For decades, the lean strategy, which was largely shaped around the 40-year-old Toyota production system and principles of eliminating waste, cost savings and operational excellence, has played a critical role in improving supply chain efficiencies. By making traditional supply chains as lean as possible, companies could supply goods quickly and cost-effectively, while reducing inventory levels, improving operational effectiveness, reducing their cost of goods sold and increasing asset utilization. The lean strategy was originally based on assumptions around low demand fluctuations and no supply disruptions to ensure a smooth production and just-in-time deliveries
However, neither of these assumptions hold true in today’s volatile, uncertain, complex and ambiguous (VUCA) environment where there’s unexpected demand and supply swings. Many organizations have recently discovered that their supply chains were too lean and fragile and not robust and resilient enough to react to the extreme demand and supply variations caused by Brexit, tariffs, North American Free Trade and the most recent Coronavirus disease (COVID-19) pandemic. Just being lean alone is no longer an option and recent events, including the COVID-19 pandemic, have exposed serious flaws of entirely lean networks as regards to impact, severity and duration of the disruption. On the other hand, with shrinking margins and cutthroat competition where profitability is key, being resilient by adding buffer inventory, building excess capacity, or increasing labor to solve problems is not sustainable either.
With a second wave of Coronavirus on the horizon, supply chain business leaders need to rethink the cost of risk and invest in operations that make the supply chains lean, resilient, agile and responsive at the same time. This means being able to meet customer demand with a supply chain that is intelligent enough to proactively identify problems, robust and resilient enough when faced with disruptions, agile enough to respond quickly to marketplace changes, and efficient enough to improve planner productivity and reduce costs.
Organizations that will emerge the strongest in the wake of the COVID-19 will be the ones that have successfully balanced lean and resiliency in their supply chains. It is not a matter of choosing between lean or resilience, but rather shifting the curve, increasing resiliency and becoming lean at the same time.
Here are a few strategies that can help supply chain leaders shift the Lean vs. Resilience curve and find that happy medium:
1. End-to-end supply chain visibility and agility
It’s not smooth sailing, but a “cold restart” is necessary as companies try to coordinate activities at the same time across different regions.
End-to-end visibility will be essential in order to anticipate disruption in the flow of raw materials upstream as well as finished goods downstream to fulfill customer demands. When you can visualize the entire flow of goods across suppliers, factories, distribution centers, distributors, retailers and customers, you can measure the impact of supply, demand and disruptions in real time, and come up with proactive risk mitigation plans that are simultaneously both lean and resilient. For example, once disruptions are predicted, artificial intelligence (AI)-supported “control tower” technologies have the power to recalibrate plans in real time using what-if scenarios to mitigate risk and maximize financial outcomes. Backed by AI and machine learning, these overarching control tower solutions enable companies to make trade-offs, balance various outcomes and respond with extreme speed and agility without human intervention.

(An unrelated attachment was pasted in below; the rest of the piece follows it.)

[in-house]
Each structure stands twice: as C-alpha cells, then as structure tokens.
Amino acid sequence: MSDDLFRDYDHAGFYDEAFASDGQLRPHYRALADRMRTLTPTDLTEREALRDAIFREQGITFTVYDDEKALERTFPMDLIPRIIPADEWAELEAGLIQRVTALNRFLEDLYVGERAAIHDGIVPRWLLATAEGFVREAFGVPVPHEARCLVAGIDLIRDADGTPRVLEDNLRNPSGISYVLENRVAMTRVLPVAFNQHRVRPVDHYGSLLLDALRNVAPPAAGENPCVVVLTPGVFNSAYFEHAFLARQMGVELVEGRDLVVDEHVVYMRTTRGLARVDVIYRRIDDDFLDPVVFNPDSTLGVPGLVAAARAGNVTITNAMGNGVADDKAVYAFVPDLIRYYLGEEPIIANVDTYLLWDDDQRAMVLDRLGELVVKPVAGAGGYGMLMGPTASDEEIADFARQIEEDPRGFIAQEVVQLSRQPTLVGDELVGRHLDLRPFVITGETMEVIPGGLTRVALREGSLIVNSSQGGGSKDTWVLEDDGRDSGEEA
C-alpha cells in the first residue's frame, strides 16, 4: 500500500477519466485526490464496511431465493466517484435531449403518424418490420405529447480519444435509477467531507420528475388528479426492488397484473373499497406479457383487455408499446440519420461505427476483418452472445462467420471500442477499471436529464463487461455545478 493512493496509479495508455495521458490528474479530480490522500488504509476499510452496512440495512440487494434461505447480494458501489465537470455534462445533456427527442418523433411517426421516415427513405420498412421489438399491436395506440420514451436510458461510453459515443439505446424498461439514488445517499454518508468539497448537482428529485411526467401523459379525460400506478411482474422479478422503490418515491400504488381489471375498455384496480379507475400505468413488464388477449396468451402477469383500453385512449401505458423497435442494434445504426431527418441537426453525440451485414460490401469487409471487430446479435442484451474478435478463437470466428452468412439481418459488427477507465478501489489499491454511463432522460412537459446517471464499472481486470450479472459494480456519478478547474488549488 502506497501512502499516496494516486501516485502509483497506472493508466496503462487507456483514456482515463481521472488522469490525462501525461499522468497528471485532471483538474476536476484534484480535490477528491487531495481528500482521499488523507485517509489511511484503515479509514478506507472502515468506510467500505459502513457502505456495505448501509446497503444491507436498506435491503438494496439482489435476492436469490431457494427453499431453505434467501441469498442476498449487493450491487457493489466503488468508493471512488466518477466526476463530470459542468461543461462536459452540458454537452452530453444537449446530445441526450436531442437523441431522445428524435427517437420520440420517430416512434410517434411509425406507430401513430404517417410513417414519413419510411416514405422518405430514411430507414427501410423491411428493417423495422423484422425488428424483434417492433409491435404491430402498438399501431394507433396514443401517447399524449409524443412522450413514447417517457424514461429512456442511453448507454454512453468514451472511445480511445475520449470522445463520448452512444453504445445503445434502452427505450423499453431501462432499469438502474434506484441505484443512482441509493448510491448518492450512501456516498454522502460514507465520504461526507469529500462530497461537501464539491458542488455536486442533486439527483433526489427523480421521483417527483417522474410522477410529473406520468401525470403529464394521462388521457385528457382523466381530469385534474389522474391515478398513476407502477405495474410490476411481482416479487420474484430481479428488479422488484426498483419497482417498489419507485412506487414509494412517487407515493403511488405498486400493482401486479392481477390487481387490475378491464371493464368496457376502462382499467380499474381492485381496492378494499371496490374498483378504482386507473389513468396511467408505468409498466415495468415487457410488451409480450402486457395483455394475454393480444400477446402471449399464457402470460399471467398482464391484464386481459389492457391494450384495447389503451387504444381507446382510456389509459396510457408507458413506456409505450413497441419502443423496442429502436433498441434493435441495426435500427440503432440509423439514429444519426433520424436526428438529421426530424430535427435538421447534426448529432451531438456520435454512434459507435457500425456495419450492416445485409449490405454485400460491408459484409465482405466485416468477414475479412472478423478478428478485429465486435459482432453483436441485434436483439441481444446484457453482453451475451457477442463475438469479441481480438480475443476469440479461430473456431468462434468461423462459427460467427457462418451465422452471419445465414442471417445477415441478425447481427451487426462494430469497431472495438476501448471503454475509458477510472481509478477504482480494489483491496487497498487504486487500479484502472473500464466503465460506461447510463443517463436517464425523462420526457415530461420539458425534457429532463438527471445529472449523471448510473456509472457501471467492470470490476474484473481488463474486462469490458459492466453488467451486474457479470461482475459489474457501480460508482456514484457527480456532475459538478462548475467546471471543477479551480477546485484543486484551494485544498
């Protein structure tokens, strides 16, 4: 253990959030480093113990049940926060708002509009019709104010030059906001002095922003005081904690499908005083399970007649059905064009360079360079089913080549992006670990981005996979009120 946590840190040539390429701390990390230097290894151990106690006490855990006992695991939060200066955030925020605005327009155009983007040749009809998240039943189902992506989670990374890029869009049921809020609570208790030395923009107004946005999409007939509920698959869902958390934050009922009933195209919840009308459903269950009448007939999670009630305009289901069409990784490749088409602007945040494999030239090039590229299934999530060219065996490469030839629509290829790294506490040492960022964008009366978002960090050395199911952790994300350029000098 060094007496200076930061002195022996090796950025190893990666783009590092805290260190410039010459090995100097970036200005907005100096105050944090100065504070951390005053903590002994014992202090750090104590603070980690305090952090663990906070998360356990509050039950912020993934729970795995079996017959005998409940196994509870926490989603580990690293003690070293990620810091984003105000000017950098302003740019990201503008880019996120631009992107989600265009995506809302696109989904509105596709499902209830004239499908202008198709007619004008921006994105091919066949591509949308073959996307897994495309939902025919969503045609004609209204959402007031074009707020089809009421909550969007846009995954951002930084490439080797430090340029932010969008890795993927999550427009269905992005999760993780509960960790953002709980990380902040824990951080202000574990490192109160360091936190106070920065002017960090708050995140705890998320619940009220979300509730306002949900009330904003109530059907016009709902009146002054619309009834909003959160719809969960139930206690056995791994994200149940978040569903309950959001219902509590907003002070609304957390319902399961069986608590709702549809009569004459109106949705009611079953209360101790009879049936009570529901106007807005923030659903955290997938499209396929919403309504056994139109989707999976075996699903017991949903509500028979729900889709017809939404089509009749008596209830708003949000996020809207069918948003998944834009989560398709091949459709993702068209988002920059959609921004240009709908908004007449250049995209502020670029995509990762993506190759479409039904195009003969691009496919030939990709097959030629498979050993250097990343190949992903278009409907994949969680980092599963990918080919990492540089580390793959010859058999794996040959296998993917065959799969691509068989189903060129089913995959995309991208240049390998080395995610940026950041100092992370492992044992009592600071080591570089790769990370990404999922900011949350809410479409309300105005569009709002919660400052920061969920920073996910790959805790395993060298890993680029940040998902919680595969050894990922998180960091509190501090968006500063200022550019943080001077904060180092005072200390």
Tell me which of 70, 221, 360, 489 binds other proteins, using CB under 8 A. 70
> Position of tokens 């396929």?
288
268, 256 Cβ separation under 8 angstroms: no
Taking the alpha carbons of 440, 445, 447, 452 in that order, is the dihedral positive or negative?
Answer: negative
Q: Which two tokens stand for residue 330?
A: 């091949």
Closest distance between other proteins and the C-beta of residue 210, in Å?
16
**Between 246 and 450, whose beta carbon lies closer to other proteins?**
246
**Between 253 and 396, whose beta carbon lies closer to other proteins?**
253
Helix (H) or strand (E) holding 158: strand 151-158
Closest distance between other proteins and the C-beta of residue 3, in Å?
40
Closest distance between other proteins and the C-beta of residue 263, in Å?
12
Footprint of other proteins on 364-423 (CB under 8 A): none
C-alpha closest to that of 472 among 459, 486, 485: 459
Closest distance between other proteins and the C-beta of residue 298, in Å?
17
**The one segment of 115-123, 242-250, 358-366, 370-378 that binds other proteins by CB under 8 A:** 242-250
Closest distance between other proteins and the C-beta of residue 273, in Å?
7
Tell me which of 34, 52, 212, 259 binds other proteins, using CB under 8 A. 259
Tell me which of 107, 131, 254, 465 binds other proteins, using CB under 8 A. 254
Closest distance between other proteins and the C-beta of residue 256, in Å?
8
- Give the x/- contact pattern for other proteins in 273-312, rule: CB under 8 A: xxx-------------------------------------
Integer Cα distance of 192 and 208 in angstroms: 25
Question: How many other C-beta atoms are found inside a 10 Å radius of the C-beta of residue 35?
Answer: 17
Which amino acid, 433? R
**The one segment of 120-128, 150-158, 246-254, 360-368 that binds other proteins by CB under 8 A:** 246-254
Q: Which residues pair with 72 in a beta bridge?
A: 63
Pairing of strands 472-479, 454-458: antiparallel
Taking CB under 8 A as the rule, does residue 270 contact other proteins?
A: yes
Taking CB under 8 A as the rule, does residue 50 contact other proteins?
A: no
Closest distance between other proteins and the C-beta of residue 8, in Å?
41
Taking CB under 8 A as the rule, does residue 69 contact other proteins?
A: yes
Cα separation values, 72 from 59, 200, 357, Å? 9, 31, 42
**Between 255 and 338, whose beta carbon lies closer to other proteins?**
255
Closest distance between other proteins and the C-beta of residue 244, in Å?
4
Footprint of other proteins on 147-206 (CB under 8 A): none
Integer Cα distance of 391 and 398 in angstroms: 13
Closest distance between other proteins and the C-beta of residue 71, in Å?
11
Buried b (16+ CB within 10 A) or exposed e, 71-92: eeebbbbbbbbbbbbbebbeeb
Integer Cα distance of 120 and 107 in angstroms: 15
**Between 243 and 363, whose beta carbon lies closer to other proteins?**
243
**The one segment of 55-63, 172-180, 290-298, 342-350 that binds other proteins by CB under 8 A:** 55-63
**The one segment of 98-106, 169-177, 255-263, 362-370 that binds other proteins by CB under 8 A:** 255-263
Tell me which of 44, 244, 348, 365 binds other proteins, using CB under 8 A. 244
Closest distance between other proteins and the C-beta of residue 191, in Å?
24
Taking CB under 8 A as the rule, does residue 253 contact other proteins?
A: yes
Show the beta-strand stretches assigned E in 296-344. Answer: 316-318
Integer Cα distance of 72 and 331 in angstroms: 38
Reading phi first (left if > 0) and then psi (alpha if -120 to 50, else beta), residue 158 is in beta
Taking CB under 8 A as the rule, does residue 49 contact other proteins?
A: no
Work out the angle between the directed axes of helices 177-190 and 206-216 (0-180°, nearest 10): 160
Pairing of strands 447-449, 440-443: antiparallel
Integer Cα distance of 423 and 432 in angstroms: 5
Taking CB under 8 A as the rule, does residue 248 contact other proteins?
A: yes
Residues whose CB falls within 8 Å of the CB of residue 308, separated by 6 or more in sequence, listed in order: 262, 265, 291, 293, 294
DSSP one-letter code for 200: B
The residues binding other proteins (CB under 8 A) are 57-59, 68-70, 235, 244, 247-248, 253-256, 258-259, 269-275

In the event of a missed part delivery, digital control towers can weigh such options as expediting a replacement from the original location or shipping from an alternate location. They can evaluate the speed of different carriers and routes to minimize any negative impact caused by the disruption, thereby enabling the most cost-efficient outcome which will help the organization to quickly and proactively recover from the potential disruption.
2. Scenario planning
No one knows for sure whether it is going be a U-, V- or W-shaped economic recovery. However, organizations that proactively come up with robust contingency plans based on different economic recovery outlooks by understanding cash flow, profit and loss, and balance sheet impact, will be able to ride the waves of uncertainty instead of being overpowered by them.
Proactive scenario planning will help the organization comprehend the demand upside that can be covered with the current supply picture and percentage of demand that will be unmet in the event of a supply disruption. The keys to planning and executing smooth operations are understanding how these different demand realization and supply risk scenarios impact your business and coming up with business plans that are more balanced from a resilience and efficiency perspective.
There are predictive technologies available today designed to synthesize vast amounts of current and historical data to facilitate forecasting and event-driven scenario planning. Using AI and automation, supply chain planners can simulate scenarios and prescribe rather than just predict with the requisite speed and accuracy needed to navigate these turbulent times. Once the implications from cash flow, profit and loss, and balance sheet impacts are understood, the organization can assess the costs and benefits associated with proactively adding capabilities to increase supply chain resilience.